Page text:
Beau (black) and Baxter (brown) are brothers. They are 8 months old and their parents wanted to neuter them to try to help the urine marking, aggression which can sometimes occur with brothers, and surgically correct their umbilical hernias.
The hernias were found on physical exam with the veterinarian who gave them all of their puppy vaccines. hernias can be small and benign to large, severe and in need of immediate (or as soon as possible) surgical intervention. The severe hernias allow abdominal contents (usually intestines) to “slip” out of the abdomen. If this happens, and, if the intestines stop working, strangulate, dilate, or twist (torse) it can be life-threatening. For Baxter and Beau the hernia was small, (about 1/2 inch) but a pinkie finger could go into it, and the fat coming out of it could be pushed back into the abdomen. It is best to fix these and always spay/neuter as this is a congenital issue that can be passed on to the offspring.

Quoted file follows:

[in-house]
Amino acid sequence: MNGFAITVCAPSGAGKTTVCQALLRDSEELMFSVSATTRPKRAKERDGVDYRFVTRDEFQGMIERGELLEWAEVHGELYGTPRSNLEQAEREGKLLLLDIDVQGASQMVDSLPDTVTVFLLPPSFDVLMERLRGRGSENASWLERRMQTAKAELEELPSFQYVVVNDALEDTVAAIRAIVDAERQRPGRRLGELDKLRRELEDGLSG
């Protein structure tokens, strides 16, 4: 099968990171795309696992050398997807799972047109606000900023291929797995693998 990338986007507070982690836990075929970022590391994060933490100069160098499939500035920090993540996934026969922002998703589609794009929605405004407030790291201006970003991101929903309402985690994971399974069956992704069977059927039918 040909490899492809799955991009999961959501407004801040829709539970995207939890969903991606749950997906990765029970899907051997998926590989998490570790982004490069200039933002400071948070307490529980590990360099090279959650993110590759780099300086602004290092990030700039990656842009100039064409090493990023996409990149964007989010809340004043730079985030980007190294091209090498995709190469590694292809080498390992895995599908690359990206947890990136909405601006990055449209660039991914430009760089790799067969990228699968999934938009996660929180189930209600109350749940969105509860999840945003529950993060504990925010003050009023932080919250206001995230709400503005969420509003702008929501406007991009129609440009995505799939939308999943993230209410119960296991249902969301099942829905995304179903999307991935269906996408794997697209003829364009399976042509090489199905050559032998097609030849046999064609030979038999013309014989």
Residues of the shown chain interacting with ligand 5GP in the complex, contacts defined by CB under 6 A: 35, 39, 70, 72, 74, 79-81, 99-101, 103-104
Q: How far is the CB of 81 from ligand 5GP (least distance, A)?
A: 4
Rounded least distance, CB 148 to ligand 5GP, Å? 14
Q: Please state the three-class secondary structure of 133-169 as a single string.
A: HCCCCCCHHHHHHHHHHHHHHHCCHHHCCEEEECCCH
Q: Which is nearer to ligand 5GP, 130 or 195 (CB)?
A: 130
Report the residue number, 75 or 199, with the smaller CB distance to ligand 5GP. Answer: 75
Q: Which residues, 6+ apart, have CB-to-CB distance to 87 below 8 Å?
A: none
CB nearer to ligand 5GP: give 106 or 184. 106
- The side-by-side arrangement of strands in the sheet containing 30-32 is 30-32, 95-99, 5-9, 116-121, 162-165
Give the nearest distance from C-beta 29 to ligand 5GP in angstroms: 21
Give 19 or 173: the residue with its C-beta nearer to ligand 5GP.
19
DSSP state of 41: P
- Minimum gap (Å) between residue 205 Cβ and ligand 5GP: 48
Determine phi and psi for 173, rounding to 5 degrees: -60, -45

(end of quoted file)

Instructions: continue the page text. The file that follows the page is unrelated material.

Diagnose by a veterinarian on palpation, or by observation.
Hernias can occur in other places (like inguinal), but the umbilical (belly button) is the most common.
Treatment if the veterinarian deems severe enough is by surgical closure, often concurrent to the time of spay or neuter.
Want more information on hernias? See my blog here;
Both boys had neuters and umbilical hernia repairs by me, at my clinic, Jarrettsville Veterinary Center. They did very well with surgery and recovery.
The cost of their care was;
hernia repair $75
medical pet shirt to protect umbilical incision $25
NSAID post op and pre surgical $13
total for each dog was $357
This story and photos are posted with the parents permission